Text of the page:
When Americans meet with South Korean and Japanese academics, realists usually are in the forefront, and they strongly support efforts to improve ROK-Japanese ties by mutually downplaying identity themes. Each side puts security concerns at the top of the agenda. Yet, while in relations with Washington security arguments draw widespread agreement, in relations with each other they are easily trumped by the identity discourse—in government circles and, even more, in the media. There is no serious analysis of each other’s strategic thinking, explaining why Japanese realists are determined to build collective self-defense and South Korean realists continue to be in favor of cooperation with China. Realists on each side are frustrated by the way debates on the other side have been unfolding. While Park and Abe both pride themselves on long-term strategic thinking, overt hostility to their predecessors and the officials who worked with them accompanied by satisfaction that public opinion is supportive of their hardline relations with each other makes strategizing difficult.
Dissident views from Japan and South Korea on regional security
When a Japanese academic discussed Japan-Russia relations and Korean academics discussed strategies for unification with North Korea, American security experts did not accept the premises of some of their arguments. In the former case, overtures to Russia, despite its aggression in Europe, were deemed helpful for Asian security. In the latter, overtures to China, despite its threatening moves in Southeast Asia, are no less desired. Both examples testify to the quest for an independent foreign policy in their own backyard, the concern that US strategies do not adequately serve their national interests and national identity, and the hope that their current leader is, at last, threading the needle of tightening ties with Washington and gaining autonomy.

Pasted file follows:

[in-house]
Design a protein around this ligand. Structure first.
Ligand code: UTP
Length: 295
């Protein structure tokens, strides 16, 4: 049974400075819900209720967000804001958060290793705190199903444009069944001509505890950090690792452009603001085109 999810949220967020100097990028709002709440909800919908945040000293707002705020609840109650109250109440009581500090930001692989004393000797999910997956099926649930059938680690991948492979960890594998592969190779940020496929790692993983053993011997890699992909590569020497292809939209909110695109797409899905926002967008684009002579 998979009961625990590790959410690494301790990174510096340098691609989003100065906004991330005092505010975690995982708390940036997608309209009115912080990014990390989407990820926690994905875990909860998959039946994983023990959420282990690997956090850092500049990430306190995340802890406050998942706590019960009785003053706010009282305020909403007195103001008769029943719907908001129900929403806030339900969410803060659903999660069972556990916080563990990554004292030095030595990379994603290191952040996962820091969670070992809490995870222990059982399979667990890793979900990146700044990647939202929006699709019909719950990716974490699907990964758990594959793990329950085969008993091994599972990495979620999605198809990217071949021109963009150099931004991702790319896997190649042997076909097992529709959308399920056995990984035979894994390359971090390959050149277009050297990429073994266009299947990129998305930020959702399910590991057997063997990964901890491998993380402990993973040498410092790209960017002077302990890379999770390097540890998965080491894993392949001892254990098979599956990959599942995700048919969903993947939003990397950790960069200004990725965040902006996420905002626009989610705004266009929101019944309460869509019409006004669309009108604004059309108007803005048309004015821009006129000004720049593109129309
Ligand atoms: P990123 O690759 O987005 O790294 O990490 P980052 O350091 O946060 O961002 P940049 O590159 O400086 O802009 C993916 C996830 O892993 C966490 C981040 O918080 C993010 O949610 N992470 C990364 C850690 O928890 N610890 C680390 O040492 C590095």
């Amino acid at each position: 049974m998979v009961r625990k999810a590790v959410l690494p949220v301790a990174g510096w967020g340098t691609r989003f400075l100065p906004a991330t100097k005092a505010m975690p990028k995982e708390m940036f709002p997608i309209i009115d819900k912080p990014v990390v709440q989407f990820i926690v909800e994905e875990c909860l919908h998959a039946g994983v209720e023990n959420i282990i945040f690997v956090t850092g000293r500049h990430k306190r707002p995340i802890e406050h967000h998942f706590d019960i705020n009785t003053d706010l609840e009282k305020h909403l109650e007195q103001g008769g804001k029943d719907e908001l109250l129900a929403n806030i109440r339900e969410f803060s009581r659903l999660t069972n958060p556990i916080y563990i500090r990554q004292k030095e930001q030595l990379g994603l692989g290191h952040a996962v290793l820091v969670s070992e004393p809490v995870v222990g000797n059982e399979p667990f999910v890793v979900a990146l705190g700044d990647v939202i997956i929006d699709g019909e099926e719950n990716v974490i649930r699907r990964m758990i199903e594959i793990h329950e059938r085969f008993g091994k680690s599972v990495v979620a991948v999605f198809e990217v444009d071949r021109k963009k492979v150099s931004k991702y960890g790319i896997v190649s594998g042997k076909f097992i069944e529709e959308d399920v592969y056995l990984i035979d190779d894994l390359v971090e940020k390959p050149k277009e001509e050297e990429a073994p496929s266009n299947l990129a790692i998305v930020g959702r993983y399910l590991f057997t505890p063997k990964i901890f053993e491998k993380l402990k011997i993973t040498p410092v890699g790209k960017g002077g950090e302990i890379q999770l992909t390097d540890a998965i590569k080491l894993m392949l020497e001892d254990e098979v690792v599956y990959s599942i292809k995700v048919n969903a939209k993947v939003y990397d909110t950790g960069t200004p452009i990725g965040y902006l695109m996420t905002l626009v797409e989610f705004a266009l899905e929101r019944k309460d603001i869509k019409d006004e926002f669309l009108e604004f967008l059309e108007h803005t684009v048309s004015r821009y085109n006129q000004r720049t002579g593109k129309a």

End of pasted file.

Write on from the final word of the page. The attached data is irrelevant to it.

The timetable for Abe’s pursuit of Putin in 2014 appears to have been as follows. In February, Abe showed his independence and the value he put on personal ties to Putin, being the only G-7 leader to attend the Sochi Olympics. Not wanting to jeopardize a relationship nurtured through five meetings over fifteen months and indicating that Ukraine is only a secondary concern for Tokyo, Abe’s March “slaps on the wrist” gave Japanese the impression that Russia appreciated the distance Abe was showing from the United States, not long after his Yasukuni visit had rankled the Obama administration. With Abe keen on securing Obama’s explicit commitment to apply the security treaty in case of an island confrontation with China, he had little choice but to agree to a second round of sanctions in late April, as Japanese again explained that circumstances forced their hand and again escaped severe blowback from Moscow. In May, Putin even sent a message that Russia, for the first time, was prepared to discuss all four islands and seek a final solution that would not harm the interests of either side. This time there were signs that Russia had drawn the line, saying that everything now depended on Japan. When Russia was sanctioned for a third time, following the downing of the Malaysian airline, it waited to see Japan’s stance before finally losing its patience. The message to the DC audience that Putin is looking for an excuse to balance China, which he does not trust, and prioritizes a breakthrough with Japan, which he needs for his “turn to the East, assumes that a compromise on the island dispute was within reach and concludes that the United States is both blocking Japan’s pursuit of its national interest and failing to address the great threat from China strategically. In short, Japan would act in the US interest.